Tonight, Hepburn might not be foaming at the mouth just yet, but there was definitely something going on with her. She was all worked up. He had never seen her so flustered before. Spencer's smile widened. Yes, it was high time he got to the bottom of this. ‘Could it be,’ he ventured, ‘that our favourite little suffragette has found a special someone she wants to impress?’

  She blinked at him, completely taken aback by his insight.

  ‘Oh, you have?’ he taunted, feigning surprise. ‘Well I never!’

  She balled her fists and actually stomped her foot, like a little girl. ‘Stop pestering me! Don’t you have some poor date to go and harass?’

  ‘Well, I do plan on harassing Daphne later, but she’s definitely not poor, I can assure you.’

  Louise crossed her arms. ‘Oh yes, the Supermarket Queen. I forgot. You two have been seeing each other for quite a while now, haven’t you? Well, I applaud her. There should be medals for that kind of endurance.’

  Spencer grinned. Now they were getting somewhere. ‘Let’s not get side-tracked here,’ he tutted. ‘We were talking about you. Pray tell, who’s the lucky fuck who’s getting to clear away the cobwebs from your knickers tonight?’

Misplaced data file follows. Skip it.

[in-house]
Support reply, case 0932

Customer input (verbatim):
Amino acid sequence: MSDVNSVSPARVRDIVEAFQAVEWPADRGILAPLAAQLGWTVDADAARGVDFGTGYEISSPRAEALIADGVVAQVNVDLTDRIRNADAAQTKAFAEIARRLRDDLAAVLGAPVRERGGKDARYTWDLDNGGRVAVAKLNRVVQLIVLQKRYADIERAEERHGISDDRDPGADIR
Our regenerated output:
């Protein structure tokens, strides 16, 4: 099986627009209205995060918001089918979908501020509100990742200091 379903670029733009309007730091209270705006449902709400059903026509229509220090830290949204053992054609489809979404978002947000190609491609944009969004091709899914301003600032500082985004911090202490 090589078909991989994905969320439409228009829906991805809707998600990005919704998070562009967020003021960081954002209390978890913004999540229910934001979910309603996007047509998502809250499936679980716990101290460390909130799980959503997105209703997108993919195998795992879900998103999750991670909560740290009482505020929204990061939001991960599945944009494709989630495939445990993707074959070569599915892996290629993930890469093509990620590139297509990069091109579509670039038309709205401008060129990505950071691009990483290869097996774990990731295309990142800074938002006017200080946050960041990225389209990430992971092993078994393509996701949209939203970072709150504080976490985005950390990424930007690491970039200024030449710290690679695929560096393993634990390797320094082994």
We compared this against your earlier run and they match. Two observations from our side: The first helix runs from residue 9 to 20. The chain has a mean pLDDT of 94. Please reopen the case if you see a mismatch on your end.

She blushed so deeply he thought he had died and gone to heaven. ‘You’re disgusting!’ she hissed, her brown eyes flashing furiously at him. He noticed she was wearing a lot more make-up than usual. She looked quite fierce, really.

 Typical Hepburn, Spencer thought, as he saw her set her jaw. Stubborn as a mule. She won’t give up until she believes she’s won the fight.

  He didn’t mind. He could go all night if needs must. Actually, he found he enjoyed arguing with her even better, now she was all dolled up like this...

  But before he could initiate round two, a long, elegant arm draped itself around his shoulders.




‘Here you are, darling!’

  Louise saw Daphne Maybury kiss Spencer Hirst on the cheekbone, slowly, like some old-fashioned movie star. She was wearing a sleek silk dress and gloves, all in black, to match her eyes and bob haircut. It contrasted beautifully with her pale skin.